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Foreign Correspondence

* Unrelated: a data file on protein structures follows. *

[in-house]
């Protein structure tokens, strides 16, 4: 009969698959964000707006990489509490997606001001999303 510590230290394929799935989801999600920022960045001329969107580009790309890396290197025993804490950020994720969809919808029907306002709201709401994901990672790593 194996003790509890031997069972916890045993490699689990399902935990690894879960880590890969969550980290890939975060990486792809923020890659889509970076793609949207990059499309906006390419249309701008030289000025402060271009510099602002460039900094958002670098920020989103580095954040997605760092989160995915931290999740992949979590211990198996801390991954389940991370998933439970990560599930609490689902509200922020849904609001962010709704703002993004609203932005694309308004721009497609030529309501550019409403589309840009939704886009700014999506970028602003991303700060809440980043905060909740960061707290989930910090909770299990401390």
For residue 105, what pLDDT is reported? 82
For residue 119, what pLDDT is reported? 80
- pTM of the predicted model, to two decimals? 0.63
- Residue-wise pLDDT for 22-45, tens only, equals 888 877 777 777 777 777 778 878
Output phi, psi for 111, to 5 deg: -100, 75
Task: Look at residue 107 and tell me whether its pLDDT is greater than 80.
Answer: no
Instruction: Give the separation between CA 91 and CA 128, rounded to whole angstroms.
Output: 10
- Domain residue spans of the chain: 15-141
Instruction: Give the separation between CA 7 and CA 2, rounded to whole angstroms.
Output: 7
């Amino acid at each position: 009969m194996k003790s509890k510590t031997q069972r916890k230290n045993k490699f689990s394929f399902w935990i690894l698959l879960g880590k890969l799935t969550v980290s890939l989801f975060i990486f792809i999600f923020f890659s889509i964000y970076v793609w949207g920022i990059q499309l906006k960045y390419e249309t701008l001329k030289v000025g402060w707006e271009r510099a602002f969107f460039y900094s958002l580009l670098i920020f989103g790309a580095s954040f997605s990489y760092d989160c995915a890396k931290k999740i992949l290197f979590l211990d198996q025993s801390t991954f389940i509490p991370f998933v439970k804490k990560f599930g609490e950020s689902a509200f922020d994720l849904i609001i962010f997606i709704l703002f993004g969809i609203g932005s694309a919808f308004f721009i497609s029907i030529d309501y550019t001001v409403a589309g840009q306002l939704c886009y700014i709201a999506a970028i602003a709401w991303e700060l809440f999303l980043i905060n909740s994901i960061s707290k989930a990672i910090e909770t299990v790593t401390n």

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1 '. Rome, Dec. G, 1872. FRIEND PüXD: Our lust letter had a strong flavor of ( churches, though theology was , ly omitted. But it seeined ïmpossible to . notice tbe old city of Veoica proporly , without speaking of its ehurehes, in } which so much of its Art is stored. - ( Thore is, however, one collection which, j asido frm the Ducal palace, forma the only compreheusive gallery oí' art in ( Venice - it is the Academy of Fiue Arts. , Standing at the Southern end of the iron bridge aeross the Grand Canal over which } we pussed daily, its facade, by the great ( architect Palladio, was always before us , as we descended the long flight of steps ( from the bridge. lts front, at the left of ] the entrance, bears a ñne and very j cient bas relief Madonna, and a colossal , lion couches along the central portion of ( the pedimont, upon which sits the - blematie figure of Justiee. The ( tion is quite extensive, embracing ings, original drawings, piaster casts, ( marbles and bronzes, and soine rare ( cimens of' oarving in wood. Anything . but a very briof description of some of these interesting objects would be . pussible in the limits of a letter. The . entrance passage, corridor and vestibuel contain some fine monuments, marbles, busts, and statues, and two frescoes by Paul Veronese, transferred from the Gregorian palace with the walls on which they were paiuted, ai e on this account rendered doublé interesting. The first hall is that of ancient paintings. These are all upon a gold background, and generally painted as altarpieces for various nionasteries - frotu which the galleries of Europe have received some of their finest j)ictures. In thosu, early days the rcligious element combined with the wealth concentrated in the ehurchas to encourago Art by this beauLilul form of decoration. And in the rivalry ef ehurehes to possess the iin est frescoes and paintings, and the ainbition of artists to outdo each other, some of the finest creations of Art were produoed. We iirst saw these old pictures upon a gold ground in the chapel of St. Maurice at Nuremburg (that is, in considerable numbers), and our first impressions did not incline us to study them with niuch pleasure, but greater ty, instead of "breeding contoinpt", has ( evuluped wond erf ui beauty in many of aem, espeeially in features and finish. 'here is, howover, seldom much action or 1 i'cedom of position in them, and a ,ain angularity and primness generally ( jervades the the whole. , The second room, a fine, spacious hall, i vith lofty and lieh eeiling, among its 1 ,reasures bas that wonderful production 1 f genius, " The Assumption," by Titian. ( t would seem impossible that the most i unskillful observer coilld stand before bis masterpiece without a profound : Qg of its grand conception and : ons beauty of coloring. Thia ha3 never jcen oulled his best work, but of his larger compositions none of the many we lave soon creates a deeper inipression. - lis " Martyrdom of St. Peter," regarded enorally as the greatest work of his encil, is unfortunately lost ; but we saw an eurly copy, whioh bas been presented to the "S S. Giovani e Paulo," and the great merit of that picture must have eonsisted in the terrino ferocity of' the assassin, the appealing attitude and help.essuoss of the martyr, together with the aecessories of the giant tree in the foreground and gloomy wood around. Sucb a pioture may be, to tlie art critic, "a tbing of beauty," but it is the perfeetion of the artist's skill which convej's the pleaeure. Whilo in a pioture like "The Assuniption" there is something nobler than admiration exoited in the beholder; he is elevated and enohained by the spirit of the artist's conception rather than his kill ; the luttel' of course combmiug in n the grand effect md aidiug it, doubtkss, while the thcrae itself has nothing liat excites disagreeable emotioas. This oom contains, also, the historicully vuluiblc piotures of this great artist, "ïhe Issumption," his carliest work, not conaining even a rudiuaentury suggestion of ■The Assuirption" of his later years, and ' The Entombuieut," bis last work, on ,vhich, at the time of his dcath, at the ;reat age of 99 years, ha was ongaged. - The latter was left unfinished, and 'was ioiui)letud by Palma Giovani. It would oe unreasonable to expect that the skill'ul hand should still preservo "its cunïing" and the head bo as fruitful in design as in their prime, yet it is not withuut a feuling of deep and respectful admiration that we look upon this sombro [jicture and search in vain few that coloring for which in earlicr days the veneiable artist had been unsurpassable. This unconquerabie spirit of industry and a very j)rotracted life enabled Titian to do an immense amount of work. 500 works trom his hand are known and authenticated,and a very strikiiiKfact is narrated, íUustrative oí' bis unabatod oonfideneo in himself to the very last. A picture of bis late years hangs in the oburch of 8. Salvador - an " Aununciatioii." Kome one had kindly mentioned to him that this work had been thought by soine not to bo quite worthy of bis great ieputation, whereupoii he immediately wrote upon it, a3 if for tbis offspring of bis oíd age he bad as great uff'ection as for tbose of his prime, " TUianiis fecit, FECIX." In tbis room, also, is ono of the great pinturea of Georgione, wbose early death at only tliirty-fo'ir did not prevent him from leaving the influence of bis geniu upon bis age, and dïviding, even witl Titian, Ibe iinpress wbich master spirit ever mako upon their sucoessors. " Th Tempest Stilled by St. Mark" bas been munh adinired, especially the figuro o I the tbrce rowers whose nudo bodies show in their attitudes and swelling muscles I the breathing instincts of j tion. " Thé Miracle oí St. Mark," by Tintoretto, is a work most striking in its jffect, becauso of the proimiience giveu to the Saint, who appears hovering horisontally over the crowd below, as if just lescended fiom the highcr realms. Portraits of tho ino:-t eminent Venetian painters are introduced in the ovals of the ctiling, and the eutire ceiling is most riohly carved and gilded, the central jompartment being filled with a painting by Paul Veronesc. The third hall contains a Virgin and Child, by Giovani Bollini, who is almost s celebrated for big Madonnas as Kaphael; also St. John the Baptist, surroundcd by Poter, Mark, Paul, and Jer3ine, by Cima Giovanni Battista, and a 'Christ in the Tomb," by Lotto Lorenzo_ ill fine pietures. The ceiling is frescoed by Tintoretto, thu principal compai-tment having tbr its subject " The Prodigal Sou." [n the fourth hall are valuable oriRinal lrawings by Eaphael, Leonardo de Vinci, Michael Angelo, and others.deeply interssting as the cvude foreshadowings of thoso great works which followed. In in urn is preserved the right hand of Canova. Tbis is not the only instance we have met of these "diajecta tnerribra" of tho great men of Europe. In the tifth, sixth, and soventh rooms are arrangfd the paintings and carvings in wood, ebony statues, tajjestry, vases, &(., preseuted to the academy by Count Uontarini, in 18-13, in whose palace, by the svivy, the iinghsli Uhurcü service is regularly held every Sabbath. Of this princely donation there are about two hundred paintings, which, besides the two rooms spocified, fill the walls ot' the largo ad. joining unmimberod hall. The sRventli hall, which has to be exarainod through mi intervening glass partition, is tho receptacle of twolve unn chairs of obony and boxwood, with elabórate carvings and upholstered witli tapestry, ebony statues of Ethiopians, Japan vasos, niño half-size fluaires in ebony oarymg vases, two group=s of wood-earving, allegorical, of the seasons, &o., In the next room are portraits by Holbein, always good, and the well-known names of Vandyke, Perugino, Ostado, Mantigua and others invite to admiration or criticism, and it is often that tho eye seeks in vain to discover the traces of a great artist's skill. So:ne of the pictures are spnrious, perhaps ; some aro of a date anterior to tho period of greatest excellence, iiid some aro unfinished or rudo sketches; ret every gallury is iksirous of possessing he groat origináis, be they never so unvprthy. In all tlii-ro aro twenty rooms hus filled with this fine collection under ;he general name of the "Academy of i Fiue Arts," the property of the city ind open to all, the only fees being en:irely optional with the visitor. Some of ;he best sjjecimens of the Venetiün school if painting areon its walls, though many are also there of vory little valuu. - Titian appoars as a painter of portraits ,n which departinent he is really inimitible. Of the many we have seen all are af that exquisito style which makes them cnchaiii tho attentiou as objects of real beauty. In the sixtoenth hall are arranged those pictures which, from their great sizo require the accessories of ampio space and favorable lighl. Hure we find two fine Works by Gentilo, the brothor of Giuvani Bellini. Oao reprosents a "Miracle of the ïïoly Cross." A piece of the true cross having tallen during a procession, into the Grand Canal, numerous t, ithful believers at onea plunged into the water for its recovery, and thp rescue is effected by one of the noble Vendraminfamily. The salient features of this legend are iiaely produced in this very larga picture. The other embodies, iu & similar happy niauner and on an equally magniiicont scale, another legend of tho cross. In 1-196 a procession ou St. Mark's day was passing the Piazza wit 11 the Holy Cross carried by the frat.urnity of St. rata, when it chanced tbat a boy who had been seriously injuied upou tho head by íiilling against a column in the city ot' Brescia came into tho square with lns father. As the procession was passing the parent made a solemn vow, and the vory next day the boy was completely cured. The groat crowd asseinbled on these two occasions, in all their motley character, combined with tho display of gorgcous proeessions, gave gieat scope to the peculiar excellence of this painter. - Of the ïnany reiuaining pictures menïon of only ono other can be made withut too great space being occupied. The lainting referred to is in the twentieth ïall, and is entitled "A Sketch,'' by the er modest artist Albano Tomacelli. It reprosents the widosv of Doge t'oseari refusing to give her husband's body to thu Ambassadors of the Símate, who had requested, it in order to givo it an honorable burial at tho expense of tho State. The attitude of tlie noble vidow as she half turns from her lone watch by the silent form of the persecuted vet brave old Doge, and with sad impatience waves thuin iway with their requost, that to her savors so much of too tardy justice, if not of idle mockery, is so touohingly cxpressive tbat we fcel our whole sympatUies moving usin nsistaiice totkeshameful ooldheartodness tbat flrst killed with mistreatiuent, and then with heartless fonnality askedto givo porapous burial to the noble deap. Tbo pieture is very simplo in its details; aroom in the palaee with a bed ou which is the recumbent body of the Doge ; in the foroground, seated alone at a tablo and turning partially about, as if she had heard the request, without rising and without fairly looking toward the Ambassadors, who stand near the toor behind her, sho Mema giving the dismayed applicauta a muto but crushing reply with the meroly baokward m ition of her hand. TÜerfl avu few places more gratifying for (he timo to visit t'ian these European galleries and art collections, yet it is f surprising liow very few of these ful pictures remain distinetlyin the ] ory, unless prcviously well known 1 through the medium of prints; and I cali the mysteries of an elabórate design i iu delicate wood-earviug or bronze 1 lief is generally still more difficult. Yet . their influenco may be said to be none 1 tin: lesa Bestlietioally valuable upon that i clas3 of minds which readily harmonizo i with object of beauty. To that other class wbü lose all delight in the glories of i coloring and grandeur in design, simply : because tone undntped figure is visible in the group below or among the beautiful cherubs above, it is probable or at li;ast it m7 be hoped their excessively refined instinttü will counteract the strung tendenciesof their grossernatures. No city on the continent, uniess it be Romp, lias liad any moro splendid array of great artists, native and foreign, in its service, than Venice. But now, as the timo approaches for our departuro from this interesting place we may safely say that whilo we would not care to maleo a permanent residence whero tho past so much Jirodominatus over the present, yet from none of the great cities we may visit do we expect to carry away more lasting and distiuct impressiona, nor aboutany will recülleetion more fondly linger in ears to come. There are some characteiistics about Venice which have not been adverted to becauso of the method adopted, to describe more prominent features. Somo of ;nesu muy ue nastuy notiooa in tuese .ast lines on tho Quasn ot' tho Adnatio. A.llVenice, to tho eye of the stranger, appears to be a vast provisión and cooking shop. Tut) streets are very narrow, and and on either sideof those most frequeuted; and in faut in noarly every nook and corner, coast -int cooking is Cánrriéd on, ot pumpkin, potatoas, and numborloss varieïics of ñsh, polenta, poultry, and sausage. On the street corners, on the bridgus, and at ohurch doors, chestuuts are alwiiys in process of boiling or roasting, and au erapty dry-goods box set on end is readily improvised into a stand for the sale of baked pumpkin of the variaties among us denominatod as sweet. These cooked edibles with their savory odors permeate all the alleys, and hawkers of both cooked and uncooked ñsh, crabs, ifcc, are met with everywhere, carrying everything in flat baskets on their heads. To say that these sights are ajpetising would be soarcely truthful. Indeed we often wondered how it was possible that those squirmy, transluceut little fiühcs, not exoeeding two inches in length, could be eaten at all; and not loss straüge did it appear that thoso little crimsou, thousandlegged Otaba, averaging al)out one inch or less in diameter, could be made attractive to the palute. - Even the pumpkin seemed generally to be eaten from the hand, without any condiuipiits. As for the chestnuts, we havu learned to "do as the Komans do." The quantitios of these things deroured is really marvelous, and eau only be satisfactorily aocounted for on the belief that ïnyriads of the pooror classes in Venice depend entirely upon this "haDd to mouth" stylü of living, eating on the streets and doinglittiü or no eating or cooking at homo. Boggars are multitudinoug and omnipresont, especially abont ill public places, churches, promenades, &o., but it is only just to this class of citizens to say that they aro civil, and even if at times importúnate are neither rude nor noisy. It was often amusing to meet small boys who would leave their play and reach forth tho hand for a centime, and being refused would smilo aa if it was a good joke even if they did faii. In fact, in the case of tboboys gonerally, it appeared as if they took up begging froin the sheer impulso of traditional habit or tha force of imitation, and that it was a matter of indifl'erence whether they succeedod or not. Somo of these littlo mendicants wero very bright-looking, and even (ful, with thoirdark oyes shining through ' tho surrounding dirt. We havo not i'ound the peoplo of Italy, thus far, so dark coroplexioned or ferocious-looking as wo had anticipated. Exccpt in the caso of tho very lowest classes, the infiuenco of a southorn oliiae is only noticeablo in tho prevailing dark and very bright cyos, dark hair, and an absence of those ruddy flesh tints which are only fouud in the more invigorating North. - Oi' Venetian high lite strangers seo scarcely anything, there being no such thing as drives in the city, and promonailing or even góndola riding not having any such regularity ainong this class as to give opportunity tor observations. Iu fact it is only in tho theaters, and sometimos not oven therè, that represontatives from all classes may bo seen. It seems to be understood that in social lito the Venetians are extremely quiet and secluded. The promenading on the Piazza is done prineipally by the strengere; the gentleniiin and feuiiniuo representative from thu middle and more activo business clasres, interminglüd with pólice and milita ry. We have, of course, formed the quuintance of our venerable Consul and his estimable lady. The dutits of this consular station are not, in general, ardiious, nor very complicatod, sinco very little Ameriesn shipping iinds its way so i'ar up the A'lriatic. The present representative here, Mr. Harris, is a citizen of Philadelphia, aud only here about eighteen months. He is quito far advaneed in j-ears and ratber feeble, but he hnd an excellent aid in bis inoro active and sprightly wifo, and their genial welcome to such Amerioans as stop at Venico must inake tliem nuinorous friends. Their expenses somewhat exeeed their salary, though living in a quiet and unpretending style. In order to expedito our baggage, in the chenpest but slowcst way, to Florence, we took two trunks in a góndola one day, and, acoompanied by our landady as interproter, went to the depots i md again went through the tediotis and ( lifficult procesa oí gotting everythiug in ] proper shape for safety. These itiUian l iavo such a clumsy way of inanaging tbat it puts a strangcr entirely at the ■ meroy of tho hundrcds wlio stand about the depots to pluok tho helpless victim. i : N'o officer lii'ts or doea anything beyond the expresa liño of bis duties. IIo does Tot oven interest himseli to .givo information. The consequeneo is that the itranger, with apparent calmness, givos ' 3ver hia ohecka or his luggage as the l-uüp inaj' bo to somo ever-ieady agent, and, s a mere looker-on, stands by to sign unintelliglble papers if his agont says so, md to jjay charges when required. AU Loc9 on sinoothly enough and also eoricctly enough until overything is cono and the hour of settlement with the agent himself bas arrivcd. Ilis charge is generally exorbitant, and it is not ui wavs eai-y to niake it right. But at last tho day of departuro lias come, and, for the last time, very eaily One plfiusant November morriing we glido along tho quint Ciiuals, by tho wido water gates into faded oid palaces, beneath the beautiful bridges, and land, for the last time, on tiie wharves of Venice, in front of the depot whcre, with curious interest, ono tnonth befóte we had stepped for the first time into the storied góndola. Stiange old city, not soon to be forgotten ! (iood-by to Yenice. Ever yours,